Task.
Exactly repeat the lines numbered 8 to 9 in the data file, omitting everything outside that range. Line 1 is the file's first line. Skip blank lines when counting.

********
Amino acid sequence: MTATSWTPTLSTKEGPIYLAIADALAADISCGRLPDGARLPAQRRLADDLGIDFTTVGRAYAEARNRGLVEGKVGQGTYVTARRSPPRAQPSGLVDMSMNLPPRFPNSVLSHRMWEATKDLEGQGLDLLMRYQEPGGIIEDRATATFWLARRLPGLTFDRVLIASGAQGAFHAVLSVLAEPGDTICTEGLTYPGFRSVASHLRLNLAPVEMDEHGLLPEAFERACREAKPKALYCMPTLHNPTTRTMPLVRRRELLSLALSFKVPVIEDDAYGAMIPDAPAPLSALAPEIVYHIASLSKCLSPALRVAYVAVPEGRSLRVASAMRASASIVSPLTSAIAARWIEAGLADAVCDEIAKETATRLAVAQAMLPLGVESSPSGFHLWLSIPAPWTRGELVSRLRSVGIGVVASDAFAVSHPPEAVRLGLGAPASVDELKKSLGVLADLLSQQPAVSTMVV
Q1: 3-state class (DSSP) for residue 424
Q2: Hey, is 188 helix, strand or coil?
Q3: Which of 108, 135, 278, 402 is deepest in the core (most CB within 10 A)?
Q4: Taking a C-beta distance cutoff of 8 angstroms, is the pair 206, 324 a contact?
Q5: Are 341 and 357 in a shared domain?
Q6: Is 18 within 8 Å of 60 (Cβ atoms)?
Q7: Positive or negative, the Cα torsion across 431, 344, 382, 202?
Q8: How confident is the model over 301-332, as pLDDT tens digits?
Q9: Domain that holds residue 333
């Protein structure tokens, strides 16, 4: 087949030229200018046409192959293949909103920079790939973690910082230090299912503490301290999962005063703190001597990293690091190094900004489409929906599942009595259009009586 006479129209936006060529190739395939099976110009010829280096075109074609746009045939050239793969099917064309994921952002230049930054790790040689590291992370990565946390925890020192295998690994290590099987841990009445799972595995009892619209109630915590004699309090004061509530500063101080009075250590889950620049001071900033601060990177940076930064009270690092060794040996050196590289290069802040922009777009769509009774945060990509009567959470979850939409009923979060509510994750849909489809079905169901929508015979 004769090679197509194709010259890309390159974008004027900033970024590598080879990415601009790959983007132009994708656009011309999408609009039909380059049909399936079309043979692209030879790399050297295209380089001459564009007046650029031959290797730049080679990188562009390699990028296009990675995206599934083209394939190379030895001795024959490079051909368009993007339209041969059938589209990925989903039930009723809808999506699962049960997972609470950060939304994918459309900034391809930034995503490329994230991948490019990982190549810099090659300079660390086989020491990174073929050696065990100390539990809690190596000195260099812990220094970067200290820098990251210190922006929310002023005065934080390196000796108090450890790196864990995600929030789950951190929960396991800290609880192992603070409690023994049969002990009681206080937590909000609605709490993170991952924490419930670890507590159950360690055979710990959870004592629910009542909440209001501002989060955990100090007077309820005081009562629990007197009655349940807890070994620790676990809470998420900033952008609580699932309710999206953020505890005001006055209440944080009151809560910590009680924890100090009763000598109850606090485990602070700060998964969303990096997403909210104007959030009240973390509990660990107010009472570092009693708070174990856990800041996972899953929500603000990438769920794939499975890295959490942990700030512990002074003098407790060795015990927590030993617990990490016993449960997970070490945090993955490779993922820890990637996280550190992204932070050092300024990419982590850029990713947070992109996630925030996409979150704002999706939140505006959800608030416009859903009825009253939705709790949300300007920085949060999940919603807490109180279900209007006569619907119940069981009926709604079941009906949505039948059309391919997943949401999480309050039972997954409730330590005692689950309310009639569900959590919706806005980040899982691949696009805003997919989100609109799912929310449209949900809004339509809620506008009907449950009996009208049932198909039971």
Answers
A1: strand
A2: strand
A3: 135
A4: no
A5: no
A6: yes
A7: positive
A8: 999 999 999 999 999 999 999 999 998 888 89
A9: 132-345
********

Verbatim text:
Q7: Positive or negative, the Cα torsion across 431, 344, 382, 202?
Q8: How confident is the model over 301-332, as pLDDT tens digits?